I ended with a game of Castles Of Tuscany. It feels very similar to Castles of Burgundy but is simpler and plays faster. It has the same tile laying mechanic as Burgundy and the same area completion points scoring, but it has some neat bonuses associated with each type of landscape that makes the gameplay a little different. I don’t think I’ll be buying this while I still own Burgundy as it is not different enough. One thing I can say is after 4 days of using Tabletopia I really am quite adept at the interface and I’ll definitely be spending more time here during the year, playing games online while I wait for the physical copies to arrive.


I’ll end with some initial reflections on Spiel Digital:
While the organisers deserve much praise for putting the convention together in a really short space of time it doesn’t approximate a live convention. As Joe said yesterday, the games are secondary to the human interaction and this was largely lacking except when actually playing. And even then, with no video turned on one was almost always talking to disembodied voices. 
The theme worlds interface wasn’t bad but in other events I have attended there was a networking lounge where you can ‘walk’ around and when you arrive at a table, the video automatically starts. Tables generally have between 4 and 8 seats. Probably the technology is not there yet but in the near future I can imagine a series of these interlinked lounges where you can stroll around and drop into a table or booth, and automatically join a conversation or watch a demo or even join a game.  As an aside I briefly tried CGE’s 3D world and found it really underwhelming. I strolled around for about 5 minutes seeing very few people and not really wanting to just jump into a chat. If they had had tables set up with their games it would probably have been different. Maybe they did and I just got it wrong, so take these initial comments with a pinch of salt. Having said that, major kudos to them for investing in creating it in the first place. That could not have been cheap or easy and it deserves recognition.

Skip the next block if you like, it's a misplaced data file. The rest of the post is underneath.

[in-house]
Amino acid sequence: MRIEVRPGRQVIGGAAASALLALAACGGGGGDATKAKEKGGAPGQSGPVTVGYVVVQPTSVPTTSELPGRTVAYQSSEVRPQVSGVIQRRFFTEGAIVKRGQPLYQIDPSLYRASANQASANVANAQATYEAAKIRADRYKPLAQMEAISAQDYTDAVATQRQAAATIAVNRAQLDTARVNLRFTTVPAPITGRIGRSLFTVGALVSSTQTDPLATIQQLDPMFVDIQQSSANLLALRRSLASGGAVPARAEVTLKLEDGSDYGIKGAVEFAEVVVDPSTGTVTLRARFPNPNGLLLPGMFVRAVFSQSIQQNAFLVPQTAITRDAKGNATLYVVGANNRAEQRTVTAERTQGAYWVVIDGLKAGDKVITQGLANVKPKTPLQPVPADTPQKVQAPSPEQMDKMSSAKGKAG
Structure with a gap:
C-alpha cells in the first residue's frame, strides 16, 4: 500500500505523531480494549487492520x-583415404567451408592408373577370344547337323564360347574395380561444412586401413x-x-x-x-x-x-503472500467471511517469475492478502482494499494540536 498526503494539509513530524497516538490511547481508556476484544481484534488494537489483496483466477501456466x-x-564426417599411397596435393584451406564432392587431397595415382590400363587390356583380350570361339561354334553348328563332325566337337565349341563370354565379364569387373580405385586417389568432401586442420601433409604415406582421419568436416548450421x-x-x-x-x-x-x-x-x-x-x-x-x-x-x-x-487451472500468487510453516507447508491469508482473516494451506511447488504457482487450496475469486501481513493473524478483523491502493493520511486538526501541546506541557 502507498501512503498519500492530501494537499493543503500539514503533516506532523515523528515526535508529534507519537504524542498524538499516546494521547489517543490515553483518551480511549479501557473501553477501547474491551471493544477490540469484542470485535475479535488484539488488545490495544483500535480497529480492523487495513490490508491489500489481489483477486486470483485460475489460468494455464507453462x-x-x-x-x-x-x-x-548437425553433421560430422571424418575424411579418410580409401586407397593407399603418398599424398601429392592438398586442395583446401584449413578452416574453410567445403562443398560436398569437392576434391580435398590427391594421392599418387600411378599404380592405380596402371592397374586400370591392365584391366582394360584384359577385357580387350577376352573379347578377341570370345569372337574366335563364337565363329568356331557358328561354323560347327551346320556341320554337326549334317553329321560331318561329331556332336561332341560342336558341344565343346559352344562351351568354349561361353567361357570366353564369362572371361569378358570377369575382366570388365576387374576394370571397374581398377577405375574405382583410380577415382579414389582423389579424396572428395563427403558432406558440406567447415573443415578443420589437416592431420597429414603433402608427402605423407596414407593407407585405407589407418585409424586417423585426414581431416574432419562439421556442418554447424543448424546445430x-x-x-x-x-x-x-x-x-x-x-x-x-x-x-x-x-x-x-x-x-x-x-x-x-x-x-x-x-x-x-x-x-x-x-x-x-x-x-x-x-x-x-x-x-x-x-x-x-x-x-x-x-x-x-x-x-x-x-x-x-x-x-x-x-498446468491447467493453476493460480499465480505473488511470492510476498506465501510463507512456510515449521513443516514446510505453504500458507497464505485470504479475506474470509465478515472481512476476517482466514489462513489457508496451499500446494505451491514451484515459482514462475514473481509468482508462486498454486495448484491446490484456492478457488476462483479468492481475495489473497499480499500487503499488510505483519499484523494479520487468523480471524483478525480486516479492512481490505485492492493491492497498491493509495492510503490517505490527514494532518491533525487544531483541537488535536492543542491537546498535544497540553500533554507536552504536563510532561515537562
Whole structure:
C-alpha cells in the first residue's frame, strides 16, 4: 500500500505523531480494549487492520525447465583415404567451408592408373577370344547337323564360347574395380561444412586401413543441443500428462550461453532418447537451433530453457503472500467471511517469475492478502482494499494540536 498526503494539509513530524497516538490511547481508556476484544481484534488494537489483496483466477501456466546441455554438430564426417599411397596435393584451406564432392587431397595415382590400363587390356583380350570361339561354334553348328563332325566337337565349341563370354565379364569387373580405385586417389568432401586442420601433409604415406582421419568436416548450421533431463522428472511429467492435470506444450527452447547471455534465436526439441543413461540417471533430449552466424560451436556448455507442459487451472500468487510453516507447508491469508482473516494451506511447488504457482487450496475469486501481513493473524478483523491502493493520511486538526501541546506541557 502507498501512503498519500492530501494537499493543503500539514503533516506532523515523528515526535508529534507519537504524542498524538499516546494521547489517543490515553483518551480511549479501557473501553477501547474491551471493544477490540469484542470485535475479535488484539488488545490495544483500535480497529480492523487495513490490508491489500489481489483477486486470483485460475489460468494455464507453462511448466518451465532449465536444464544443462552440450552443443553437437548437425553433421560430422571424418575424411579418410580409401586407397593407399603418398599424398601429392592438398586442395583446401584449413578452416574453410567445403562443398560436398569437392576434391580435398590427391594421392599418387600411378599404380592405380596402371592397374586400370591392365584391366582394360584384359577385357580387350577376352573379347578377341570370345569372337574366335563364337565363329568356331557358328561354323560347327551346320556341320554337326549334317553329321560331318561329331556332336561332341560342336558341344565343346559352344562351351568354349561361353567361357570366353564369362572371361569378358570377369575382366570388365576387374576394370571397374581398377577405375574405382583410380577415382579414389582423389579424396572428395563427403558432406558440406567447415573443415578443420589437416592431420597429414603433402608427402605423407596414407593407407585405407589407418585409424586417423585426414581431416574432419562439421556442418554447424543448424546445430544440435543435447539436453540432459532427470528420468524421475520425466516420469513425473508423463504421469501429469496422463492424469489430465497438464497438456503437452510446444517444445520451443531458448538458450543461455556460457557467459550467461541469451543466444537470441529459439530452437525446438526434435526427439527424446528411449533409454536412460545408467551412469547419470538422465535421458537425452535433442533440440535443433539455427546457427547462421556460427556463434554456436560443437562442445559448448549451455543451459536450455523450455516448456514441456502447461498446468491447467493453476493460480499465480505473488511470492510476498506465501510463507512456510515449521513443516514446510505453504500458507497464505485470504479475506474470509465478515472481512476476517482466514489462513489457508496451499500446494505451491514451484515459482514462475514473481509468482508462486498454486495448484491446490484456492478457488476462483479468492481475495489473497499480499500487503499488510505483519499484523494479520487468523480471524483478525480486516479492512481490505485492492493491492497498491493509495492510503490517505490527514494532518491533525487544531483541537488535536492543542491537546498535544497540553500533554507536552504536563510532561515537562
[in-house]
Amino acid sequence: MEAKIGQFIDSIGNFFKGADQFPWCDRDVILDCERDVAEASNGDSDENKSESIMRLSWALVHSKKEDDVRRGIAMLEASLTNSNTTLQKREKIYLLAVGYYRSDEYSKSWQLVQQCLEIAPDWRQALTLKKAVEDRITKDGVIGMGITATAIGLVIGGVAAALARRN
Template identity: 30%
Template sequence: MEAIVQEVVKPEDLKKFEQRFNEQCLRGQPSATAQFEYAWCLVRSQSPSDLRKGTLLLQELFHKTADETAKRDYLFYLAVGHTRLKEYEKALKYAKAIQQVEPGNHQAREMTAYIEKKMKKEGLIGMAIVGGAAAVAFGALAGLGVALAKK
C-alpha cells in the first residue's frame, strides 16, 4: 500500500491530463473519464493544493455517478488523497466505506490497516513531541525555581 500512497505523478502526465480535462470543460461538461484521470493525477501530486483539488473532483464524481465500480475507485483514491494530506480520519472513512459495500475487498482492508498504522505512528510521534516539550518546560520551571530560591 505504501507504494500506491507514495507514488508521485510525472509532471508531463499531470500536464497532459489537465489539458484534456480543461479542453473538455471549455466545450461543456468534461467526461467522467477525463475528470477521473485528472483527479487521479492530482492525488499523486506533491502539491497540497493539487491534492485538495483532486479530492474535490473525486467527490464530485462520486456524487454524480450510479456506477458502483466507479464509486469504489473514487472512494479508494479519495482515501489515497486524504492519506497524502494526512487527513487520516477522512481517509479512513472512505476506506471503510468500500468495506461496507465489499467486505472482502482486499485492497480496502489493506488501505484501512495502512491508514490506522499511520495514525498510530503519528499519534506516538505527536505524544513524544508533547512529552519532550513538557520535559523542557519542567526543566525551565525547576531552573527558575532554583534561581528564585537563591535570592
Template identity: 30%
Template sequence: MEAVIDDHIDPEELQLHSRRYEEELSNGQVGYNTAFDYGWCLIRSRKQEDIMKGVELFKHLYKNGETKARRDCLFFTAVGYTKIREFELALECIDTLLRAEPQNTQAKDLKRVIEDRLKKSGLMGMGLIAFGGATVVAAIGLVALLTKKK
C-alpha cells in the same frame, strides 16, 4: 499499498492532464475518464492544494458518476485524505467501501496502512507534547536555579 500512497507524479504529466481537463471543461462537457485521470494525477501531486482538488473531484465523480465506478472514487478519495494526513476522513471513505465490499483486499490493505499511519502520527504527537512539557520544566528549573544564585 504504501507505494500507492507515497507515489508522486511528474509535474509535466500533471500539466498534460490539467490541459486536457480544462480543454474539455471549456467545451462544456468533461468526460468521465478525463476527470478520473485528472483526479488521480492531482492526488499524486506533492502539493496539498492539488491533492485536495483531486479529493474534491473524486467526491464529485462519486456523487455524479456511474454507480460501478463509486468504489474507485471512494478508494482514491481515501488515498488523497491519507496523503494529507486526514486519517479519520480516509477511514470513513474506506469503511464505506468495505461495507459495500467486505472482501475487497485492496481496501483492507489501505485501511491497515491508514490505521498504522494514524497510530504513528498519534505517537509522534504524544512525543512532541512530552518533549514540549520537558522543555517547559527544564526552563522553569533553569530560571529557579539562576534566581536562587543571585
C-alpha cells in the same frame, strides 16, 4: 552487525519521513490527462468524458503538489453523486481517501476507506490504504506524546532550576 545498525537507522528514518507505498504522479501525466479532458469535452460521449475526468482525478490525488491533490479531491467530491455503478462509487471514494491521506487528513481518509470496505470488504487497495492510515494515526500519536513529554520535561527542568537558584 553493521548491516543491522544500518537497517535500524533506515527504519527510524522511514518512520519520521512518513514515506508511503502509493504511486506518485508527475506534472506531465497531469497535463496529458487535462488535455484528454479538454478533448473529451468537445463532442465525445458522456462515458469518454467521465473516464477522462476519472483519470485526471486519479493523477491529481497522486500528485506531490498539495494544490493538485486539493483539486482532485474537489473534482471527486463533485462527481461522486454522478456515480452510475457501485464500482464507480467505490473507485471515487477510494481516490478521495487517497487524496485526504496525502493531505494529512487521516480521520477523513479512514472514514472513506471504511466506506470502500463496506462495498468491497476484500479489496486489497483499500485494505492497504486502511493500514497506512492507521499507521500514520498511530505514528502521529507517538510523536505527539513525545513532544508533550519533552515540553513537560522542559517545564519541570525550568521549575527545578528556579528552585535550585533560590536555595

Joining a game at Spiel Digital was not difficult but it is clunky. First you go to the game page. Then you have to go to a gaming table and separately open a communication channel. Was this everybody’s experience? Surely the tech is here to allow both to happen simultaneously? And while the programmed events were clearly laid out, and you could easily check out what was happening next and in the future, I must confess I only discovered that full functionality on the 4th day! That’s my fault for not fully exploring the whole spiel digital site, being distracted by the theme worlds and finally using just the simple game or publisher search function. If there is a next time, I will go straight to the event schedule, as it also listed the times game demos were taking place at those tables/sites that were not manned continually.